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Art of behavior: Pedagogical project from the arts. Part 1
by Magaly Espinosa

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The tradition of procedural art and action art gives impetus to cultural perspectives driven by ethnological considerations, the artistí­s worth as a bearer and reproducer of culture, social assignment and the social integration of art. Artists are an active part of their cultural milieu, highlighting the main contradictions and social forces of areas that are not in evidence, are hidden or lack transparency.

To date, however, the interventionist activities promoted through this project do not have the spiritual purpose of the work Cuban artists Juan Francisco Elso or Luí­s Gómez, but are more rooted in the natural flow of everyday life. That flow stems from social behavior and situations that prompt artistic actions, often without abandoning their aesthetic play, although the latter does not lie in the formal values of the artworks, but in the imaginative inclinations that show the most essential, intimate aspects of society and culture. This sphere of life is very rich because of that intimacy, and because it continually undermines economic and political order, showing its deceitfulness through the power of the laws of subsistence, which are wily and elusive.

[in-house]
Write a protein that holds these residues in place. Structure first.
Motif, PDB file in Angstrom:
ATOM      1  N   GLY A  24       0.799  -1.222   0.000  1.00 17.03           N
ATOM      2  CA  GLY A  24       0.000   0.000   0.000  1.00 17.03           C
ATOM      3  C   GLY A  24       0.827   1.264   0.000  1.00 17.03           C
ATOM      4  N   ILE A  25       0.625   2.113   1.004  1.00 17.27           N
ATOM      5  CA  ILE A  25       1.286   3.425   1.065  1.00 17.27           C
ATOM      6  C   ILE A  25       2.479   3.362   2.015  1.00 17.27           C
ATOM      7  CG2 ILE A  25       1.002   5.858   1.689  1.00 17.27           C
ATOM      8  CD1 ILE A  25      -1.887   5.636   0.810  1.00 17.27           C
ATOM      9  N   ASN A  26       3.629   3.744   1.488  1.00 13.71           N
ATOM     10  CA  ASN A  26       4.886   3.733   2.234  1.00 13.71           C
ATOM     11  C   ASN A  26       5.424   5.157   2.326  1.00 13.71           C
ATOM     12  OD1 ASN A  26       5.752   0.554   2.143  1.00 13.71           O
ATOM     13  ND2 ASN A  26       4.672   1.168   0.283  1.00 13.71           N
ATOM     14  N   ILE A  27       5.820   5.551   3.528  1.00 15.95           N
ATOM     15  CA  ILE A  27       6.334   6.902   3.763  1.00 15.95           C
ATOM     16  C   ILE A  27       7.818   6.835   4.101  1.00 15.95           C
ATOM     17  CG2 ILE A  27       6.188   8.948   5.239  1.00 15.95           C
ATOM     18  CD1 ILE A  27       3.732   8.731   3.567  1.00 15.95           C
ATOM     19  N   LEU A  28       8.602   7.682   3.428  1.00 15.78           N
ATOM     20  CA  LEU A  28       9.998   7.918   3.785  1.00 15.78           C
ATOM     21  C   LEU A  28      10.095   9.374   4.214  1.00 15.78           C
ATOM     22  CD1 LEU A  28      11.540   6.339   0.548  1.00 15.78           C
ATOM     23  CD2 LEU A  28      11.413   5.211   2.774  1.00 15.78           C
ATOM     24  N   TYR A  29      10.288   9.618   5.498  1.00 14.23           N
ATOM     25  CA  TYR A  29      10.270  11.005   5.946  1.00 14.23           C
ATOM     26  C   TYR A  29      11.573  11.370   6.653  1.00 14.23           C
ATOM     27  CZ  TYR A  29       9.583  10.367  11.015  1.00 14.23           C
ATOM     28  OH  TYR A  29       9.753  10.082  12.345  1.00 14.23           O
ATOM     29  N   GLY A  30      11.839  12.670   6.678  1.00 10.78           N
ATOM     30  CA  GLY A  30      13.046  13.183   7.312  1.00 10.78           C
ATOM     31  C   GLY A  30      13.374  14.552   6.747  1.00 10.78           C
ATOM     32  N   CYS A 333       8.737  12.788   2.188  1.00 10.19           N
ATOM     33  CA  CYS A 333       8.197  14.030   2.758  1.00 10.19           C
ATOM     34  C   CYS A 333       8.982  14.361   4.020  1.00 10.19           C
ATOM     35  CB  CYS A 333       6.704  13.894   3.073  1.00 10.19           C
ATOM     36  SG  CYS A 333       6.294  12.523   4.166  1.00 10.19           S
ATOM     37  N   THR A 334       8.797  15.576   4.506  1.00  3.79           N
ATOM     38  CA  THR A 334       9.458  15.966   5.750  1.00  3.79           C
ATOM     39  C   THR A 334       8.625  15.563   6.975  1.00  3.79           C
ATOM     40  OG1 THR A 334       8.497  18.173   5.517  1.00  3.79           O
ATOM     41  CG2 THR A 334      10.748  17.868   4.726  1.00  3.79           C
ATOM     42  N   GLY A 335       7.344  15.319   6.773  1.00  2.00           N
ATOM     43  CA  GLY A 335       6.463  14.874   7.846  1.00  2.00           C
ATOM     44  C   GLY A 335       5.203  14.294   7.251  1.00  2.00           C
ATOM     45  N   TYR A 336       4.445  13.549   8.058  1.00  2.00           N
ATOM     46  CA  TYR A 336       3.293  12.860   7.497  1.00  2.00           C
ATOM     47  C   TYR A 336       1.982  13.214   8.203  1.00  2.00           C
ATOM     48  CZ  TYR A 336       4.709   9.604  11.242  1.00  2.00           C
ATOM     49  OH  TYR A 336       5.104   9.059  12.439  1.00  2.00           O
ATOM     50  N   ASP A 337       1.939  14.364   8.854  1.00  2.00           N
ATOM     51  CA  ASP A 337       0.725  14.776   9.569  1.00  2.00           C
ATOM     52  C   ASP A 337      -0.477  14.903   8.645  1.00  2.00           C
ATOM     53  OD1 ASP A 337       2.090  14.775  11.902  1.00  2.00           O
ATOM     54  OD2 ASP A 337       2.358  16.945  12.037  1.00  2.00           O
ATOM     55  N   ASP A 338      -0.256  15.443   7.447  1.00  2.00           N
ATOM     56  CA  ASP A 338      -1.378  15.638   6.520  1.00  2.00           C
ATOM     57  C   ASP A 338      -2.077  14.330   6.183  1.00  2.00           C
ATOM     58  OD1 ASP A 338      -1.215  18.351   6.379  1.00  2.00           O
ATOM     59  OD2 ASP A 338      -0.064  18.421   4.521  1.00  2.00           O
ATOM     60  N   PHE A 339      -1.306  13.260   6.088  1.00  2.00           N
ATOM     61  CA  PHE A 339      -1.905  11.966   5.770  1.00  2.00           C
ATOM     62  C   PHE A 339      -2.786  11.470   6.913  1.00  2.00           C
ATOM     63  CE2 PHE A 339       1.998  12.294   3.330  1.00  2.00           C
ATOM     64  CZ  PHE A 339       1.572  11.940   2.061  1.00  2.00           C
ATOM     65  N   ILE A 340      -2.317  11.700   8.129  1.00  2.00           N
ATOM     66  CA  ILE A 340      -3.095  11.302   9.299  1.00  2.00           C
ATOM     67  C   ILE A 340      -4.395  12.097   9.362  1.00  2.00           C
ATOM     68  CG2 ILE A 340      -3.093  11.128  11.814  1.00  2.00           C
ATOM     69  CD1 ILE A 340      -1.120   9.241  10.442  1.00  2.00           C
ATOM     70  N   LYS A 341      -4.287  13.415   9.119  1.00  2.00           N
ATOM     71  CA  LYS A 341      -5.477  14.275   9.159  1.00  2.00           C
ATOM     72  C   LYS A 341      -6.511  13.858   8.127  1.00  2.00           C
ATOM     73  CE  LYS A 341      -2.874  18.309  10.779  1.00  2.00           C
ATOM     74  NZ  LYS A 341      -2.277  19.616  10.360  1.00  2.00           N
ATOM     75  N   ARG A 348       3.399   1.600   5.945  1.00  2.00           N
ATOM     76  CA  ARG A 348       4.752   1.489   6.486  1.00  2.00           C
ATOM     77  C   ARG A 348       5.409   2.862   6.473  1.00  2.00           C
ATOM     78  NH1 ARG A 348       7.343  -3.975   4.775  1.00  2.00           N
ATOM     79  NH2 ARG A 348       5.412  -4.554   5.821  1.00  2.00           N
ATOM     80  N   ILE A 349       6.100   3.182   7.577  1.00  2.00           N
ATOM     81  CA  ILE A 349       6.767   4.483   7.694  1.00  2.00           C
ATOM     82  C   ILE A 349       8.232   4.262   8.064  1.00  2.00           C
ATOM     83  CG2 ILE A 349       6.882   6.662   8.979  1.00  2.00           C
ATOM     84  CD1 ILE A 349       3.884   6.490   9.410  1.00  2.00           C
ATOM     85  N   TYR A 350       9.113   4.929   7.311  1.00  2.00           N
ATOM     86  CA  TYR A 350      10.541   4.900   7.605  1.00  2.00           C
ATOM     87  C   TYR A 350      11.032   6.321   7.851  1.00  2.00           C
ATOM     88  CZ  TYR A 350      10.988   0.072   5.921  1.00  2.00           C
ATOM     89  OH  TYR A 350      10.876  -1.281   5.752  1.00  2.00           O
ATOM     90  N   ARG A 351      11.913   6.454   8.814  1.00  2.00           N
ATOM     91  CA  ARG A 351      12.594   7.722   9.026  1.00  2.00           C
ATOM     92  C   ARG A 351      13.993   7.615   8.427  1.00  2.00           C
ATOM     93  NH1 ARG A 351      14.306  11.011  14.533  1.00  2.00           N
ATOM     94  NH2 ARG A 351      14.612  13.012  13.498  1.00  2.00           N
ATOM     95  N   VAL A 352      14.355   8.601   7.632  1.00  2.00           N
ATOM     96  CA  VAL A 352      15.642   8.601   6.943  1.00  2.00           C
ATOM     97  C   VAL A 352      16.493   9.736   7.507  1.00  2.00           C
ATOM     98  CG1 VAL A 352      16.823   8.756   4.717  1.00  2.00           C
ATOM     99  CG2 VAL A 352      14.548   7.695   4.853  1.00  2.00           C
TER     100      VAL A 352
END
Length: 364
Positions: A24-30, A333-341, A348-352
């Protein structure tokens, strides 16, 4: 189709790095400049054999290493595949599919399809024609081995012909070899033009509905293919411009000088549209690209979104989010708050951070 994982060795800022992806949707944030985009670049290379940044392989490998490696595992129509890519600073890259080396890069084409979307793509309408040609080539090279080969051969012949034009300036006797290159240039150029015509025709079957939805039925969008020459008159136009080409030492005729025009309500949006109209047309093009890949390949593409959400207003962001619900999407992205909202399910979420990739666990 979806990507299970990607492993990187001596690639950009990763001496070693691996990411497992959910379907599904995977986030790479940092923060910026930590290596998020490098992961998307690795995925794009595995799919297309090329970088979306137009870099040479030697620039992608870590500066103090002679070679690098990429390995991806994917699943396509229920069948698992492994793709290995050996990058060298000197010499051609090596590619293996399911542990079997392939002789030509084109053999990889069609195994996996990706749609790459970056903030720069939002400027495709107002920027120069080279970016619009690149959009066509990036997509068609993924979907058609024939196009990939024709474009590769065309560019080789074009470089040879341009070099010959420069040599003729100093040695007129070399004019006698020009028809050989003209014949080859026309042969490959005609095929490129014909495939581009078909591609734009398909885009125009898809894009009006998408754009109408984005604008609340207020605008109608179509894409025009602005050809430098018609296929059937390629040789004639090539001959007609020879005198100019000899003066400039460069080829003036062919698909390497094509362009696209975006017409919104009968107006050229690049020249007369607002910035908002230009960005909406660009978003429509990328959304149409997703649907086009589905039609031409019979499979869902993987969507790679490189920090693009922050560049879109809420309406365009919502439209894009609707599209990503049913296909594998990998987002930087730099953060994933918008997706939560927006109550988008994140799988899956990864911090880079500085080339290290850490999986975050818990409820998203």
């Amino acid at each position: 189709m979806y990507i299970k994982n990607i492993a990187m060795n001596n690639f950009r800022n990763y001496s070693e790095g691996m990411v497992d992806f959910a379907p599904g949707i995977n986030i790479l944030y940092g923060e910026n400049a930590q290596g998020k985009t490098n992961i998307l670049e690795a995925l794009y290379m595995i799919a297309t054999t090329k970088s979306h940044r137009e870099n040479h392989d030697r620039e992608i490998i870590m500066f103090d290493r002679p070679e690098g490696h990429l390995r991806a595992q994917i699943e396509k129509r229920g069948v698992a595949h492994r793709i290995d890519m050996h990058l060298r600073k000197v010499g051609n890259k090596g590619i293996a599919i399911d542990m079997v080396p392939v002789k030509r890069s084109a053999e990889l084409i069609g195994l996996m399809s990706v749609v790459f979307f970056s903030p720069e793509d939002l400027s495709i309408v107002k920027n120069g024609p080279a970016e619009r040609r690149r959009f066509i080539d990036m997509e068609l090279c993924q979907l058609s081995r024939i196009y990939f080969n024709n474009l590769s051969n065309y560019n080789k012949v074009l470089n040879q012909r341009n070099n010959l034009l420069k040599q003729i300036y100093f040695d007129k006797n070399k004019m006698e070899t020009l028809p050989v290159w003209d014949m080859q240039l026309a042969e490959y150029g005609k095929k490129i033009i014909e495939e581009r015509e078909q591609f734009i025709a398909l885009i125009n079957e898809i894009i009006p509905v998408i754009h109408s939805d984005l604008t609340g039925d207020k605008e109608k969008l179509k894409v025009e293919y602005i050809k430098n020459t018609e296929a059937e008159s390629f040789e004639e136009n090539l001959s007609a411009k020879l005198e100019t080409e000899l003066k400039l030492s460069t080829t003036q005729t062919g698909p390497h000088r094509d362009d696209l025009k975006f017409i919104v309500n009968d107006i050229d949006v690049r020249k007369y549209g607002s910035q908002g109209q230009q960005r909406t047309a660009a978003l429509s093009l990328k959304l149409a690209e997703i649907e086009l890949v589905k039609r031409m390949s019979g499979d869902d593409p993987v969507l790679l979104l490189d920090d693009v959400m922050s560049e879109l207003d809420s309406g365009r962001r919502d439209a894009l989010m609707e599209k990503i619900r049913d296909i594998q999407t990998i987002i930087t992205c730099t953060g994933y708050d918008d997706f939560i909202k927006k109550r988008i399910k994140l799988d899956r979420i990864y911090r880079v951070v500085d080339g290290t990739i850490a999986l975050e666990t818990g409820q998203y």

In other words, these are approaches whose main purpose is a form of art driven by social and cultural themes, in addition to another art form dealing with social integration. Both avenues are closely related, but their nuances help to understand just how varied the content of such artworks can be when it is created by artists who are not merely reproducers, but also bearers of that content, of the subjects, actions and processes with which their work identifies.

In search of a tradition of aesthetics and anti-aesthetics, art and anti-art

During the course of the past 4 years the students have staged several exhibitions, the most important being: the untitled exhibition of 2003; "Centrí­fuga" (Centrifuge, 2004) curated by Eugenio Valdés and held at the Centro de Desarrollo de las Artes Visuales; "Reescribible" (Rewritable, 2006), curated by Luí­s Gárciga and shown at the home of the promoter of the project, Tania Bruguera), and "Ni a favor ni en contra, todo lo contrario" (Neither for or against, quite the opposite, 2007), curated by Mailyn Machado at the Facultad de Artes y Letras.

Some 100 events have also taken place through studentsí­ initiative or with their participation, particularly presentations of their work to professors and invited artists, collective shows featuring the work of students, public interventions, and exchanges with other institutions. It is worth pointing out that many of the courses and seminars given each semester are not only attended by current students, but also by some who have already graduated, and those who drop in regularly. They give the impression that the affinity with which they identify their actions arises above all from the ways they conceive and carry out their art practice.